Monetizing content in today’s digital world has left many print publications scrambling to find alternatives to engage customers and potential customers, but in all of the hurry, it seems a few key points may have been missed. As Matt Lindsay, president of Mather Economics, points out in a recent piece published through the Newspaper Association of America, the ways in which digital avenues have changed the country’s readership haven’t changed all that drastically in the end.
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Three Quick Points
In his article, Lindsay states that publishers who are switching to a digital platform from a print platform first need to analyze what consumers are reading and when they are reading it. Next, it’s important to realize that online content that is published without any type of price point is free, and as such, readers will not be agreeing to any price in order to view and consume such content. Finally, because digital content has the ability to reach so many more viewers when compared to a print publication, it is up to publishers to analyze and make use of reader data in order to ensure that each piece of content is not only finding the right reader, but also that it is being monetized properly.
Content Management is One of the Keys
Along with understanding your audience and what and when they are seeking specific pieces of content, you also need to ensure that your content is properly managed. What this means is getting infrastructure and managerial processes in place that will allow readers to access content when the time is right and not before or after. An example of this might be where you have a premium piece of content, a story, and it is placed improperly on a public source, such a social media, wherein it should have been placed on a separate server to be accessed by paying customers.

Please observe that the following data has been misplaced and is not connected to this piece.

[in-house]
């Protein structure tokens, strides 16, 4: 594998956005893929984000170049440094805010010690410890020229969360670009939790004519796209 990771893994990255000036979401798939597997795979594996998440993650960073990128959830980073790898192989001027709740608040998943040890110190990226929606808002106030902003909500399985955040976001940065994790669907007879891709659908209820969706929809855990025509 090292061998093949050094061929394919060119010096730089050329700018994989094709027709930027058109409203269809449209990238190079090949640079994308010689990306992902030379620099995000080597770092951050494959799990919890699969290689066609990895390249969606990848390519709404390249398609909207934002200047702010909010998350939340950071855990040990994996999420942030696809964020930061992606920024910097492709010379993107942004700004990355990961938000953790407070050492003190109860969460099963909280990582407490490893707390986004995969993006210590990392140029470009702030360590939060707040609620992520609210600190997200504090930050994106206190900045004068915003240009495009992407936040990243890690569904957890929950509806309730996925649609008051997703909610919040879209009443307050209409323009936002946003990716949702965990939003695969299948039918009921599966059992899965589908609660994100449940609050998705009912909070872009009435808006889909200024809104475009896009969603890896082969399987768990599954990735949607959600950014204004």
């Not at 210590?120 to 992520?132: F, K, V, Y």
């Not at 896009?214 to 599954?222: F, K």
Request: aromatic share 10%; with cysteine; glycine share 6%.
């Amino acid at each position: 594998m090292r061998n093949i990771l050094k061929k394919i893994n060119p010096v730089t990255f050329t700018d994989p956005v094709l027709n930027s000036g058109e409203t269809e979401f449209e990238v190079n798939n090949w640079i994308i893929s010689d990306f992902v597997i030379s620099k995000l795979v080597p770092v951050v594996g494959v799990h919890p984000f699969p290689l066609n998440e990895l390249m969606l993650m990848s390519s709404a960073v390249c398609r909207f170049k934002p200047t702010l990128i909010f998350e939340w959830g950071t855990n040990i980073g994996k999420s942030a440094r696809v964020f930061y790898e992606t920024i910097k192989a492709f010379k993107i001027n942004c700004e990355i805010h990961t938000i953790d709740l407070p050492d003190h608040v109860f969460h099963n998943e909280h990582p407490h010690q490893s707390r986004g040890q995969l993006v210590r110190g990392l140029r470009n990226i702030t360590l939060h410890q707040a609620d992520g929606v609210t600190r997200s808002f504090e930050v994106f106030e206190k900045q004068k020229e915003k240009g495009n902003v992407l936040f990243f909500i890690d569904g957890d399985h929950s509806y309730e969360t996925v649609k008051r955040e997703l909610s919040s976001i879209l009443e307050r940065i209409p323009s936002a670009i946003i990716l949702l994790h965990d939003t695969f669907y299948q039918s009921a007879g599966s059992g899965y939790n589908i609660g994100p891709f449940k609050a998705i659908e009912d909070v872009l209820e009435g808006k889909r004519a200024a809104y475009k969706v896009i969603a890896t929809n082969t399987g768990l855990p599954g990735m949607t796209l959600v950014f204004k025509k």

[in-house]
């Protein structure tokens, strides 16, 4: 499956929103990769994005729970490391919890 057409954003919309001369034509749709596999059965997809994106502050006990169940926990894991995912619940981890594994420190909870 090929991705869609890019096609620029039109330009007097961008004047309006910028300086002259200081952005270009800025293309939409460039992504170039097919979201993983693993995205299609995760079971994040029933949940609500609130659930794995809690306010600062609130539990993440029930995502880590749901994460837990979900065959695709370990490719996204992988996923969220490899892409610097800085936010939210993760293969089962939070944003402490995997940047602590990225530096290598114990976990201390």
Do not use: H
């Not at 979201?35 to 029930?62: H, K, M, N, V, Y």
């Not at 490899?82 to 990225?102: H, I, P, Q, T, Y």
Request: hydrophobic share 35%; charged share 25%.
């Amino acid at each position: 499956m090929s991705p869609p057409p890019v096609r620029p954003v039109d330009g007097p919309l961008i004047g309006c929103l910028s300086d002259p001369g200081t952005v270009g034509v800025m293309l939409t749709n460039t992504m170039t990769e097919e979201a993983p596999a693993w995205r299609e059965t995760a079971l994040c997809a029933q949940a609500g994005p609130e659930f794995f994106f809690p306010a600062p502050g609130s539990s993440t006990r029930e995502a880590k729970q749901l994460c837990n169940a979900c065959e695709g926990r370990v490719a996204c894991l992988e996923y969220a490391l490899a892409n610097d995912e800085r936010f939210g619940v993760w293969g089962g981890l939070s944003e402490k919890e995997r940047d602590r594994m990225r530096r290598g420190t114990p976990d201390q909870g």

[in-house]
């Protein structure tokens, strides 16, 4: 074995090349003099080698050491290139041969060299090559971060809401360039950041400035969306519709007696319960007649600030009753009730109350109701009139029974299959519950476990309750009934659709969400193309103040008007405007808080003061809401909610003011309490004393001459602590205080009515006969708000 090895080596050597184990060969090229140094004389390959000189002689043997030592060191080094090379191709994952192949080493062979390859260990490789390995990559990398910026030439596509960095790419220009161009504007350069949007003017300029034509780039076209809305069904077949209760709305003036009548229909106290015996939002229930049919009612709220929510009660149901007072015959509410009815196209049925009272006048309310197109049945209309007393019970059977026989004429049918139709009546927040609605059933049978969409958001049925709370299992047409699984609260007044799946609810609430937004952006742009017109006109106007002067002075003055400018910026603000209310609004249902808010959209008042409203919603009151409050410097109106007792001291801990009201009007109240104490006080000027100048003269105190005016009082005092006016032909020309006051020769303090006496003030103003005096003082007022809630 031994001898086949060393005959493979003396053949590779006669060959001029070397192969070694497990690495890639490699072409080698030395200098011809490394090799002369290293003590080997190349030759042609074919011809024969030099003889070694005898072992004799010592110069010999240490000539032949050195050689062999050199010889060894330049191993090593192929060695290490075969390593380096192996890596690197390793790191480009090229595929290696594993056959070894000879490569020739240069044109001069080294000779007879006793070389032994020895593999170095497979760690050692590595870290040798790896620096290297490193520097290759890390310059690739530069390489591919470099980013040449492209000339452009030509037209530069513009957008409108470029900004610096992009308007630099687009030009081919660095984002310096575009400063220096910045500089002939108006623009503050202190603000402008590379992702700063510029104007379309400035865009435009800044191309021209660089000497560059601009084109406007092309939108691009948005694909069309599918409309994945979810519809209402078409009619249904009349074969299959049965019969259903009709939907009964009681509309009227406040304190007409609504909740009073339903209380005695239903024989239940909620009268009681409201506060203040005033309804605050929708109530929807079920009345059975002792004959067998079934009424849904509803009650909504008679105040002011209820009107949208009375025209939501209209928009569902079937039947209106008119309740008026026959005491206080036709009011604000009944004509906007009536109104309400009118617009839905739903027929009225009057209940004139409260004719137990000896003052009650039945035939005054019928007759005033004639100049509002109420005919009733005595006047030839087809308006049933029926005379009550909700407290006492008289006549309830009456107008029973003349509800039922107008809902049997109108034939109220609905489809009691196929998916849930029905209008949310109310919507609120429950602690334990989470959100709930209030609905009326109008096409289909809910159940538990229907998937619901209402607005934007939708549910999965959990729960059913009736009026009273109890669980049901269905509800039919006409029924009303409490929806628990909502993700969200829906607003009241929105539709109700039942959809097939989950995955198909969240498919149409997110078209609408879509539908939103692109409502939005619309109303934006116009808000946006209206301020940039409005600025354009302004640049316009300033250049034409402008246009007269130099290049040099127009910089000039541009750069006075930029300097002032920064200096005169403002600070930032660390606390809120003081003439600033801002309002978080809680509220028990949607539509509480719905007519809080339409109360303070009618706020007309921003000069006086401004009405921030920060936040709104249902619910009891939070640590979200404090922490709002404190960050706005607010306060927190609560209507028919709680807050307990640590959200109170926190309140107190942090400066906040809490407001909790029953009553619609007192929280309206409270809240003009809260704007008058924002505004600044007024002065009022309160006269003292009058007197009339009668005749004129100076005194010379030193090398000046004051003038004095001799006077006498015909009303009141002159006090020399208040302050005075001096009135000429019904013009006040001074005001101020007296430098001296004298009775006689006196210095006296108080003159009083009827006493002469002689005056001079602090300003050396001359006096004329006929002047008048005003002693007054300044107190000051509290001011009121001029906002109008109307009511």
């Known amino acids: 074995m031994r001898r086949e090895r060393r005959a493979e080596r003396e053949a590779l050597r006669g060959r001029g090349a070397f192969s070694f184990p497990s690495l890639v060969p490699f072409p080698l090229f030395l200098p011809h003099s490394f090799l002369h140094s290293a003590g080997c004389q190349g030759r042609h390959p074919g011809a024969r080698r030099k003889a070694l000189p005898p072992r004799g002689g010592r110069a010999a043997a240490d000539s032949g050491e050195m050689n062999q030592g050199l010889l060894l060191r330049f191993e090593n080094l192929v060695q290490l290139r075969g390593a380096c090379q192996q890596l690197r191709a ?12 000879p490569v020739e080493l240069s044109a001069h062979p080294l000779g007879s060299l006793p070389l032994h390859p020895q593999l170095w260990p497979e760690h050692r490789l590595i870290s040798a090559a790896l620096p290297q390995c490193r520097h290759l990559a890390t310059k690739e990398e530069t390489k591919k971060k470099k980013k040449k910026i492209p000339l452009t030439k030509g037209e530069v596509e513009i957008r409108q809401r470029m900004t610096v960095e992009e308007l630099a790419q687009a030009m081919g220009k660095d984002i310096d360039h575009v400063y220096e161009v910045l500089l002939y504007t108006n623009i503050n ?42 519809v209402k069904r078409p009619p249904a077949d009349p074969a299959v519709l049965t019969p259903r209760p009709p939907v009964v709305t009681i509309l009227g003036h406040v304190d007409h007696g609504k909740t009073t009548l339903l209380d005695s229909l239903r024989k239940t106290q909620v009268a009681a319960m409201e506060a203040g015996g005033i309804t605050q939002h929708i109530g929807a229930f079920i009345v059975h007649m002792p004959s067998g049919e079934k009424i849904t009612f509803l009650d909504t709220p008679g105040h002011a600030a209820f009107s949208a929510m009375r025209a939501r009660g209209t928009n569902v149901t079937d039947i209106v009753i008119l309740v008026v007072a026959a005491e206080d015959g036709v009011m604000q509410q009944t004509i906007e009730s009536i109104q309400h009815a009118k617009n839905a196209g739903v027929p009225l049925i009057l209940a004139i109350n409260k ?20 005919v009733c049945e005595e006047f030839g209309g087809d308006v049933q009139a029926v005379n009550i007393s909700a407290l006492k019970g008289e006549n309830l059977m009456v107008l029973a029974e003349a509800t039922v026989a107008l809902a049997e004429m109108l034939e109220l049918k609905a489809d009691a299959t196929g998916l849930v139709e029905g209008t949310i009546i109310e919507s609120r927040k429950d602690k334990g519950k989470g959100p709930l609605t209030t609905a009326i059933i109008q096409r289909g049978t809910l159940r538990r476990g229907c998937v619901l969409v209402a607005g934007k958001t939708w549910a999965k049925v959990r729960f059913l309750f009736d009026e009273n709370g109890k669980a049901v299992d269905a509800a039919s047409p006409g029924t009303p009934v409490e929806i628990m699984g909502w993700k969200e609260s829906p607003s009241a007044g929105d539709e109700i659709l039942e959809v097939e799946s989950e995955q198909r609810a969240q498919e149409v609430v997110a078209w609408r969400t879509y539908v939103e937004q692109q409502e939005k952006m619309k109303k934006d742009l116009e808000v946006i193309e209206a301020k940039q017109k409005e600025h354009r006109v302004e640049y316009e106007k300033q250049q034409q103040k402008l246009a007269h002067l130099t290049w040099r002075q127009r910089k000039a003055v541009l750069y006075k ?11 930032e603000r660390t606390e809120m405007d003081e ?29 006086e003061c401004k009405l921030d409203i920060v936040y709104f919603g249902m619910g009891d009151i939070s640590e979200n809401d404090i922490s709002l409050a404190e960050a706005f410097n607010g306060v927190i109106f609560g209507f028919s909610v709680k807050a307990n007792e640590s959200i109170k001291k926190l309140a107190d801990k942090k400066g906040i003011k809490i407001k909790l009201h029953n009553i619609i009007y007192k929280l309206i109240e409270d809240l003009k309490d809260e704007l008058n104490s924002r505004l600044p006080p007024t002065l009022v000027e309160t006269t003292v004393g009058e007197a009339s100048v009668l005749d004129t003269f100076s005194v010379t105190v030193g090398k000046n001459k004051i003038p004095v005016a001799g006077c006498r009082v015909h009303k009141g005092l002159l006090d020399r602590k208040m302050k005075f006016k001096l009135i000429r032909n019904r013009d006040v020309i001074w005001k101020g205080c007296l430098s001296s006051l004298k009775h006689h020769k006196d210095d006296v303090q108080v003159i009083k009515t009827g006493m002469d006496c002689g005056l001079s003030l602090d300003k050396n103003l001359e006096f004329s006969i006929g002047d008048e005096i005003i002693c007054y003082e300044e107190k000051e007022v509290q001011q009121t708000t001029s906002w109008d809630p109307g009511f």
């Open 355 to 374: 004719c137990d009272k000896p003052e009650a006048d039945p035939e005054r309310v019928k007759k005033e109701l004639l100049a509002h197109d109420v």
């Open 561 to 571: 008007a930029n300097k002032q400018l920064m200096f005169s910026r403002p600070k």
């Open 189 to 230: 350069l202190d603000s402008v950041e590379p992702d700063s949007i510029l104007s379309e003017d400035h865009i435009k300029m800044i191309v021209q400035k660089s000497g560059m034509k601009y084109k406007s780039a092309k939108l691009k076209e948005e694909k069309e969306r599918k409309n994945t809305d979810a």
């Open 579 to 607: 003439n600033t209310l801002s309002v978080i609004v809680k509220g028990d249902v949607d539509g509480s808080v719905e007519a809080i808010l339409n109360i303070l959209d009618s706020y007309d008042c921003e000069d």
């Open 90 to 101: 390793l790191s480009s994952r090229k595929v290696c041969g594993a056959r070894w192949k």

Likewise, suppose you place a piece of content on your site and it becomes so popular that your site crashes, leaving the piece of content unreachable for future visitors. Without the proper IT infrastructure and staff, and without the right posting procedures in place, such an event may lead to the loss of hundreds, thousands, or more of potential customers.
Know Your Audience
Finally, understanding your audience is important in any type of marketing campaign, but it is especially important when promoting your company on the web. Because Internet traffic can come from a variety of sources, 24 hours a day, it can be difficult to decipher exactly who is and who is not a viable potential customer or subscriber. This, once again, is where analytics comes into play. You’ll want to take the time to measure out all available data on your site’s visitors, perhaps through third-parties, in order to capture a fuller picture of the individuals visiting your site and what pieces of content they click on and spend time reading.
With some careful planning and strategy, combined with analytics, you’ll be more likely to target your advertising and attract likely customers sooner rather than later.